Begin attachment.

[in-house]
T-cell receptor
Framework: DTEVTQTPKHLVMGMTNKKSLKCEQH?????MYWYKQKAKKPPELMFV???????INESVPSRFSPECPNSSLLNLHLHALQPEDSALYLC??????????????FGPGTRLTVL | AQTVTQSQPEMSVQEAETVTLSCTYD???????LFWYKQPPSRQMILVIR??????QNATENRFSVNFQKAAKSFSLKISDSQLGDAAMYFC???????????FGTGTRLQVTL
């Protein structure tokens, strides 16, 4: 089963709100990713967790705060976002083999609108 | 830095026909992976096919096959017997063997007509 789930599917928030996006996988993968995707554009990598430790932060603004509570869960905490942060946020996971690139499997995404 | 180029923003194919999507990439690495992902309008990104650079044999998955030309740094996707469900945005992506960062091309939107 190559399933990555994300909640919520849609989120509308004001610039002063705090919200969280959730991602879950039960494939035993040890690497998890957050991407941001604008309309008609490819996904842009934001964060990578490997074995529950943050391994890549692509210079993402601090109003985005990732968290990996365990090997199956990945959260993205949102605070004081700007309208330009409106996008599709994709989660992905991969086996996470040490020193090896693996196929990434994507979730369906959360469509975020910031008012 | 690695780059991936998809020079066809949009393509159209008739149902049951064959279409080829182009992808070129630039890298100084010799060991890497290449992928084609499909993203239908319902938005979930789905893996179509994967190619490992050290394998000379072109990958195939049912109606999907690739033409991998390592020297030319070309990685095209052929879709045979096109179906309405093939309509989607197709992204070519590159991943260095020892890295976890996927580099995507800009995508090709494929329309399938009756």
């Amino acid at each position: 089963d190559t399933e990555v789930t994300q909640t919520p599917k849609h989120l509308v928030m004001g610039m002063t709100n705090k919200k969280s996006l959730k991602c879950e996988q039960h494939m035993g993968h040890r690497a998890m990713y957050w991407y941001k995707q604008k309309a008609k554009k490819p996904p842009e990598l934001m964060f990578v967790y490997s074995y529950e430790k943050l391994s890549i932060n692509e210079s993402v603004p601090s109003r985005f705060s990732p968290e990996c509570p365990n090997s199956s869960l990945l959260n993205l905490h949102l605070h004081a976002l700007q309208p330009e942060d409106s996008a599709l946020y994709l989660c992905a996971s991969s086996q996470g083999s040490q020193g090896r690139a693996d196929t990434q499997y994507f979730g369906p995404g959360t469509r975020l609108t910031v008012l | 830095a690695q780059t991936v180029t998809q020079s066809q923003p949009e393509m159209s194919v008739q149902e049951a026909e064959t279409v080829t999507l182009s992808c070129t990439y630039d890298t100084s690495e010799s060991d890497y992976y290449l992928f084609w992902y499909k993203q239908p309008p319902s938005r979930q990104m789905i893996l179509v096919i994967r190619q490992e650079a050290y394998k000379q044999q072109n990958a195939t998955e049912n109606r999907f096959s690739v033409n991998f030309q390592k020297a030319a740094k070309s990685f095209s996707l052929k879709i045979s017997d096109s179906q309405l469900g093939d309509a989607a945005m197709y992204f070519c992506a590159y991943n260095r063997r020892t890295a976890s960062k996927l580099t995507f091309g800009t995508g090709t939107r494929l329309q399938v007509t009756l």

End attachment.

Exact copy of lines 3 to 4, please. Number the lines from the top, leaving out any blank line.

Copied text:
Framework: DTEVTQTPKHLVMGMTNKKSLKCEQH?????MYWYKQKAKKPPELMFV???????INESVPSRFSPECPNSSLLNLHLHALQPEDSALYLC??????????????FGPGTRLTVL | AQTVTQSQPEMSVQEAETVTLSCTYD???????LFWYKQPPSRQMILVIR??????QNATENRFSVNFQKAAKSFSLKISDSQLGDAAMYFC???????????FGTGTRLQVTL
């Protein structure tokens, strides 16, 4: 089963709100990713967790705060976002083999609108 | 830095026909992976096919096959017997063997007509 789930599917928030996006996988993968995707554009990598430790932060603004509570869960905490942060946020996971690139499997995404 | 180029923003194919999507990439690495992902309008990104650079044999998955030309740094996707469900945005992506960062091309939107 190559399933990555994300909640919520849609989120509308004001610039002063705090919200969280959730991602879950039960494939035993040890690497998890957050991407941001604008309309008609490819996904842009934001964060990578490997074995529950943050391994890549692509210079993402601090109003985005990732968290990996365990090997199956990945959260993205949102605070004081700007309208330009409106996008599709994709989660992905991969086996996470040490020193090896693996196929990434994507979730369906959360469509975020910031008012 | 690695780059991936998809020079066809949009393509159209008739149902049951064959279409080829182009992808070129630039890298100084010799060991890497290449992928084609499909993203239908319902938005979930789905893996179509994967190619490992050290394998000379072109990958195939049912109606999907690739033409991998390592020297030319070309990685095209052929879709045979096109179906309405093939309509989607197709992204070519590159991943260095020892890295976890996927580099995507800009995508090709494929329309399938009756």